Bird’s Eye View of Paul (17) the identity of Jesus the Christ

The next chapter of Michael Bird’s excellent book on Paul is ‘One God, One Lord: Monotheism and the Messiah.’

There can be no more important question within the Christian faith than that of the identity of Jesus Christ.

I am teaching a course on Christology [the person of Jesus] next term. This chapter is a really helpful summary of the astonishing things Paul says about Jesus the Messiah.

Larry Hurtado and Richard Bauckham have been two influential writers arguing that the NT shows how the first Christians came to understand Jesus as being included in the identity of God. [Hurtado is lecturing in Dublin this evening – sadly I can’t go).  In other words, the NT holds absolutely to monotheism, yet speaks of Jesus in remarkably unambiguous terms as one who shares the functions and status of God himself. Bird works off Bauckham’s conclusions and discusses (briefly) some key texts.

I’ll just mention some:

1 Corinthians 8:6

This text mirrors the Shema of Deuteronomy 6:4 “Hear O Israel, the Lord our God, the Lord is one.” Paul re-phrases it as “There is one God, the Father … and one Lord Jesus Christ through whom are all things and through whom we live”. Clearly, Jesus is described as within the framework of the Shema, yet carefully distinguished from the Father.

1 Cor 16:22 “Our Lord Come!” uses the Aramaic Marana tha where mara stands for Lord or Yahweh (kyrios in the Greek translation of the OT, the Septuagint).

Phil 2:5-11 a poem of messianic monotheism which places Jesus within the divine identity and reveals the depth and purpose of his incarnation. Bird highlights four points:

i. Phrases like ‘in the form of God’ and ‘equality with God’ indicate the characteristics of deity. The theme is gracious condescension of the servant.

ii. That Jesus does not ‘grasp’ onto equality with God means that his very identity as the pre-existent Son uniquely qualifies him for the role of saviour

iii. He ‘empties himself’ refers not so much to what is emptied but how – pointing to his incarnation and ultimately the cross.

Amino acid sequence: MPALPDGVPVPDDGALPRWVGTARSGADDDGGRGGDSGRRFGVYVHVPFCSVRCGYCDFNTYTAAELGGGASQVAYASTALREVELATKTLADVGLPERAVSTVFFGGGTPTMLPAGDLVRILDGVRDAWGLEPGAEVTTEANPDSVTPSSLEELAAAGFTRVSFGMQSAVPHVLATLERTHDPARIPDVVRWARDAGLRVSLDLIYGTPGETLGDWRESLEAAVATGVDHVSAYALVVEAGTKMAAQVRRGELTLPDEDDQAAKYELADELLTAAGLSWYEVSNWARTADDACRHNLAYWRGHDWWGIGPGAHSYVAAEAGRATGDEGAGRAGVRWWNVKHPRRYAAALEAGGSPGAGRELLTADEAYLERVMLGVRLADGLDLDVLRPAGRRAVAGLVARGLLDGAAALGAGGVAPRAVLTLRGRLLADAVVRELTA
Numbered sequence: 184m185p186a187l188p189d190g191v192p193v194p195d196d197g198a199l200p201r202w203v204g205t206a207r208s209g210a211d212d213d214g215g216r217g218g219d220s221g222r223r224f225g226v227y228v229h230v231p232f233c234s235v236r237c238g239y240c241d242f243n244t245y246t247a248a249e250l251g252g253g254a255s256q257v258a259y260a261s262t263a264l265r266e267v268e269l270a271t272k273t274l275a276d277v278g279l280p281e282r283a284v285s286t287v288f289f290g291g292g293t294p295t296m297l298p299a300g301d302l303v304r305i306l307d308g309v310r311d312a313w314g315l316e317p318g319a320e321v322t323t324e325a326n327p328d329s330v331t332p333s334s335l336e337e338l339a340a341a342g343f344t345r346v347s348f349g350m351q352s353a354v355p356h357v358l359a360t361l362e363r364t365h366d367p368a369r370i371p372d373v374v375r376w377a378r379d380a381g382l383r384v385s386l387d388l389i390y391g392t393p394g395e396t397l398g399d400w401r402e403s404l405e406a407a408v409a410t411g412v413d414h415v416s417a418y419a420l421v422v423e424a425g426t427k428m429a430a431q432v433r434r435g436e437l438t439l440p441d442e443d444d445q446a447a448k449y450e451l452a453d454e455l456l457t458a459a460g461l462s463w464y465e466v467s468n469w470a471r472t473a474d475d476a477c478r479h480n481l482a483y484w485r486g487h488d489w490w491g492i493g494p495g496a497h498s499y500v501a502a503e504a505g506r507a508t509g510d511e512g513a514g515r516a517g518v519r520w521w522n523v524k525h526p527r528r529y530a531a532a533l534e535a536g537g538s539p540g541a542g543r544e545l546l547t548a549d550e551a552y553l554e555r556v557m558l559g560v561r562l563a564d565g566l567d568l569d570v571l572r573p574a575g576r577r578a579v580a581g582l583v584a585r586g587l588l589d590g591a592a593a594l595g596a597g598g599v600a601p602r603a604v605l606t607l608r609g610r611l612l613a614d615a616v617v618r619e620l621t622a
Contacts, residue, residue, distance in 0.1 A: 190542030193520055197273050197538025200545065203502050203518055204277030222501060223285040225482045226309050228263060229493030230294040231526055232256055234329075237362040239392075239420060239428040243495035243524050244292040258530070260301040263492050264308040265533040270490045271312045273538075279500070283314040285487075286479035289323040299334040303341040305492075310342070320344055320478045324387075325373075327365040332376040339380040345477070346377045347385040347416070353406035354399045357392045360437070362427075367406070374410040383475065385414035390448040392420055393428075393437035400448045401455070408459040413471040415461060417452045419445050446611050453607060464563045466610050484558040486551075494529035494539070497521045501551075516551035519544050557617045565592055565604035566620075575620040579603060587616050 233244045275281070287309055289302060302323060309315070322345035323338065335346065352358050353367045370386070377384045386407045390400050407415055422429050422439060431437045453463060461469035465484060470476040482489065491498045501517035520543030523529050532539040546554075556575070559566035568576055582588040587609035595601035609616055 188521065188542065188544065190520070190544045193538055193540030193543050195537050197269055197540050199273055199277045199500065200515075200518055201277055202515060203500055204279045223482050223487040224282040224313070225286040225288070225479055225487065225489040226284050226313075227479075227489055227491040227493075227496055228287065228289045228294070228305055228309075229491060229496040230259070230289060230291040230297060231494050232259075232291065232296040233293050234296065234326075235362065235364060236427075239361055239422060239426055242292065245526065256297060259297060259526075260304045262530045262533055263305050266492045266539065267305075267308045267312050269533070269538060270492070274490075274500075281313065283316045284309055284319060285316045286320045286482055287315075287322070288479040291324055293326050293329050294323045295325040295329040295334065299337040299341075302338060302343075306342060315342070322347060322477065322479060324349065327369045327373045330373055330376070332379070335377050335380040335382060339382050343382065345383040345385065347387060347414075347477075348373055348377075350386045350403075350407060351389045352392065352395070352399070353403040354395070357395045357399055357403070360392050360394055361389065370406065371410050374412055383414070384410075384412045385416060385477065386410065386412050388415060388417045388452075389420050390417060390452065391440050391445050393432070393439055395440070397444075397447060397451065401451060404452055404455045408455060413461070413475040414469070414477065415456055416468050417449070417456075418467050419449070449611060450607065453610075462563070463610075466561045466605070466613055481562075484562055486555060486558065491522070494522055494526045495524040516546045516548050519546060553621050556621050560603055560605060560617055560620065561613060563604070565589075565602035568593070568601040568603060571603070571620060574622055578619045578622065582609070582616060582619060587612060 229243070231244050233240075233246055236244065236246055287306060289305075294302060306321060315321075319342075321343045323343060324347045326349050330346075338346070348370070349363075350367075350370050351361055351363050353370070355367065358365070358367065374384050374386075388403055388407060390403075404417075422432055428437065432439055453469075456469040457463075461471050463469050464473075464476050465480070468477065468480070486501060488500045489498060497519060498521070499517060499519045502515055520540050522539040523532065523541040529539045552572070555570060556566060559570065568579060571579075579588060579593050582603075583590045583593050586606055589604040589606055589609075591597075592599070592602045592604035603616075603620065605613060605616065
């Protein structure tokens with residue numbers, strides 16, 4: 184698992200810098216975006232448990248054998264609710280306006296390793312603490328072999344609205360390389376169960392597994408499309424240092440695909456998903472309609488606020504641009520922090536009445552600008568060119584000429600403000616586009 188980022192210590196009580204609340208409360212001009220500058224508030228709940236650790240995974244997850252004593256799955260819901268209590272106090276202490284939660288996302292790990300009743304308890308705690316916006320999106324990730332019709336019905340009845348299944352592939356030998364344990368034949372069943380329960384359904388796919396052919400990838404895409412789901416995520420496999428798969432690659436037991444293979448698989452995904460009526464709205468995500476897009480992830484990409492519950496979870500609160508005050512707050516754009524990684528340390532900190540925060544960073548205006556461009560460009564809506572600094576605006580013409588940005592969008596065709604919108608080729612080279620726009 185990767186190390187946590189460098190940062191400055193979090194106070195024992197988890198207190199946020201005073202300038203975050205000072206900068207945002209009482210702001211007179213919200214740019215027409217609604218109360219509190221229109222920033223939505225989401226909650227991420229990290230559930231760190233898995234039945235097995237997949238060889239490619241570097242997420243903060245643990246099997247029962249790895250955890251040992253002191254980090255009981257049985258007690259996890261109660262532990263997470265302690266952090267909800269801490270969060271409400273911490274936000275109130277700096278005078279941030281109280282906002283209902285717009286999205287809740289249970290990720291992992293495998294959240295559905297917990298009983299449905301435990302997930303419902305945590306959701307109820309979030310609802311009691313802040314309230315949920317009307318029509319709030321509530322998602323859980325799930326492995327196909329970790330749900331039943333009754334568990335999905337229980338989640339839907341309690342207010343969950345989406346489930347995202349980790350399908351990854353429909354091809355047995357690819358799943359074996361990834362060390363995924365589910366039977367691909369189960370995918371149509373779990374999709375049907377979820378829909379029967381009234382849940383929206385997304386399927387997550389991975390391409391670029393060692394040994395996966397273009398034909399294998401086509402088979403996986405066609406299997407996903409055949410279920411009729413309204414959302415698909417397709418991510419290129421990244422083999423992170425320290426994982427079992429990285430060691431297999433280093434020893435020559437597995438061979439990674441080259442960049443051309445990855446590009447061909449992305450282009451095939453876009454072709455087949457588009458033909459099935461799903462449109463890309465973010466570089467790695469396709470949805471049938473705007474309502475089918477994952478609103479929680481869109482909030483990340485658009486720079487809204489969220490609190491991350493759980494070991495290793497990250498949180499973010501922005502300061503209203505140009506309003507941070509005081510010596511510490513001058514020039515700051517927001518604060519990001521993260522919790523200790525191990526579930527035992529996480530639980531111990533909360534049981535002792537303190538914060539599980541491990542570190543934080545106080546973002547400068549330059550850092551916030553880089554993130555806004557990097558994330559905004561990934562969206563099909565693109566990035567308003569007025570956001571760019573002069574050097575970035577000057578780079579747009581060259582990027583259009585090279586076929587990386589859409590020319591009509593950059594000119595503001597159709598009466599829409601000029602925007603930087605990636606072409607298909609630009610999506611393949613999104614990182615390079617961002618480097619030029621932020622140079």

iv. Verses 9-11, speaking of Jesus, say every knee will bow before him and every tongue confess him as Lord. This is an obvious reference to Isaiah 45 which says the same things about Yahweh. The implications are clear – Jesus is being talked of in parallel ways to Yahweh, the Lord.

Colossians 1:15-20

A classic Christological text

Jesus is involved in creation and redemption

  • – Sovereign over creation [the meaning of firstborn is rank not a created being]
  • – Supreme; pre-existent
  • – Bird even calls Jesus ‘the intergalactic glue that holds the universe together’
  • – In whom redemption is found
  • – In whom the fullness of God dwells
  • – Ruler over all powers and authorities through whose work on the cross cosmic reconciliation occurs
  • – The entire created order is set in motion by him and for him

Even from these snapshot sketches it is clear that Paul and the early Jewish Christians had such a remarkable experience of Jesus that they could, without hesitation worship him as the resurrected Lord and the incarnate Son. Yet they did so with theological subtlety, maintaining a monotheistic faith in the one God of Israel who acts through his Son, in the power of his Spirit, to redeem the world. Thus for Paul, God is known “in the grace of the Lord Jesus Christ , in the love of the Father and in the fellowship of the Holy Spirit.”

Bird’s focus is simply on Paul so of course he doesn’t get into how these claims for centuries have been, and are, the subject of fierce debate and ongoing ‘quests’. One thing is clear. Just as the gospel is all about the good news of Jesus, so Christianity itself is ‘all about Jesus’ – who he is and what he has done. Yet this christocentricism should NEVER be divorced from monotheism and Trinitarianism. Paul held them together, so should we. This is the wonder and mystery of the triune God.


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